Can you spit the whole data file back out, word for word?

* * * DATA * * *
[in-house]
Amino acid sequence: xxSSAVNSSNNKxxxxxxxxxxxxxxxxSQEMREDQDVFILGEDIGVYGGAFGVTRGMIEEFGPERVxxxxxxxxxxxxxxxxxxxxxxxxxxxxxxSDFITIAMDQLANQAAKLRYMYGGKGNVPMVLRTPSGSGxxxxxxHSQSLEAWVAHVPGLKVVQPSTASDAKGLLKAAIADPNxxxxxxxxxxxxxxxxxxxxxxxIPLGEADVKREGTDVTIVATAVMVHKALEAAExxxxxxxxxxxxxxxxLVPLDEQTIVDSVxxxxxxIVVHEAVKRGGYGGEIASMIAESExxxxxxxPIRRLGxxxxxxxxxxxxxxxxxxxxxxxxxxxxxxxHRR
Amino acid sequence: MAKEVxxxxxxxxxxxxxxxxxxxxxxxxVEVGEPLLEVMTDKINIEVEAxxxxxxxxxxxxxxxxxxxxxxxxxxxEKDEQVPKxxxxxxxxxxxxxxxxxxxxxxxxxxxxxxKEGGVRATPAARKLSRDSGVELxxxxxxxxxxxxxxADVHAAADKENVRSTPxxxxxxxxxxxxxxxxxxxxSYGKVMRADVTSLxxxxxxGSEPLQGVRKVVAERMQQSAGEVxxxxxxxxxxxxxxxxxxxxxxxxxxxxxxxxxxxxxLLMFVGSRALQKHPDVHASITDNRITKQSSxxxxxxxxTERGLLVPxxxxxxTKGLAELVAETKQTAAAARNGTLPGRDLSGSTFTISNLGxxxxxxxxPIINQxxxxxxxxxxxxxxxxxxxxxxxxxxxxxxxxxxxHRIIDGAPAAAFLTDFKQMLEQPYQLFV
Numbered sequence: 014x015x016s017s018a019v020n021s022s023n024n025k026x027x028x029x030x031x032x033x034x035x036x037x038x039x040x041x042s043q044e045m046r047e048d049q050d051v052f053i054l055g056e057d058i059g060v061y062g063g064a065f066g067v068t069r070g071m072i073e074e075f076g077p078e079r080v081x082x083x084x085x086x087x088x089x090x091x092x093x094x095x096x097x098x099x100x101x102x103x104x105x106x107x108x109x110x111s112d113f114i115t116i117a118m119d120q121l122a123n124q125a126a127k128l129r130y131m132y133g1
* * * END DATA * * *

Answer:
[in-house]
Amino acid sequence: xxSSAVNSSNNKxxxxxxxxxxxxxxxxSQEMREDQDVFILGEDIGVYGGAFGVTRGMIEEFGPERVxxxxxxxxxxxxxxxxxxxxxxxxxxxxxxSDFITIAMDQLANQAAKLRYMYGGKGNVPMVLRTPSGSGxxxxxxHSQSLEAWVAHVPGLKVVQPSTASDAKGLLKAAIADPNxxxxxxxxxxxxxxxxxxxxxxxIPLGEADVKREGTDVTIVATAVMVHKALEAAExxxxxxxxxxxxxxxxLVPLDEQTIVDSVxxxxxxIVVHEAVKRGGYGGEIASMIAESExxxxxxxPIRRLGxxxxxxxxxxxxxxxxxxxxxxxxxxxxxxxHRR
Amino acid sequence: MAKEVxxxxxxxxxxxxxxxxxxxxxxxxVEVGEPLLEVMTDKINIEVEAxxxxxxxxxxxxxxxxxxxxxxxxxxxEKDEQVPKxxxxxxxxxxxxxxxxxxxxxxxxxxxxxxKEGGVRATPAARKLSRDSGVELxxxxxxxxxxxxxxADVHAAADKENVRSTPxxxxxxxxxxxxxxxxxxxxSYGKVMRADVTSLxxxxxxGSEPLQGVRKVVAERMQQSAGEVxxxxxxxxxxxxxxxxxxxxxxxxxxxxxxxxxxxxxLLMFVGSRALQKHPDVHASITDNRITKQSSxxxxxxxxTERGLLVPxxxxxxTKGLAELVAETKQTAAAARNGTLPGRDLSGSTFTISNLGxxxxxxxxPIINQxxxxxxxxxxxxxxxxxxxxxxxxxxxxxxxxxxxHRIIDGAPAAAFLTDFKQMLEQPYQLFV
Numbered sequence: 014x015x016s017s018a019v020n021s022s023n024n025k026x027x028x029x030x031x032x033x034x035x036x037x038x039x040x041x042s043q044e045m046r047e048d049q050d051v052f053i054l055g056e057d058i059g060v061y062g063g064a065f066g067v068t069r070g071m072i073e074e075f076g077p078e079r080v081x082x083x084x085x086x087x088x089x090x091x092x093x094x095x096x097x098x099x100x101x102x103x104x105x106x107x108x109x110x111s112d113f114i115t116i117a118m119d120q121l122a123n124q125a126a127k128l129r130y131m132y133g1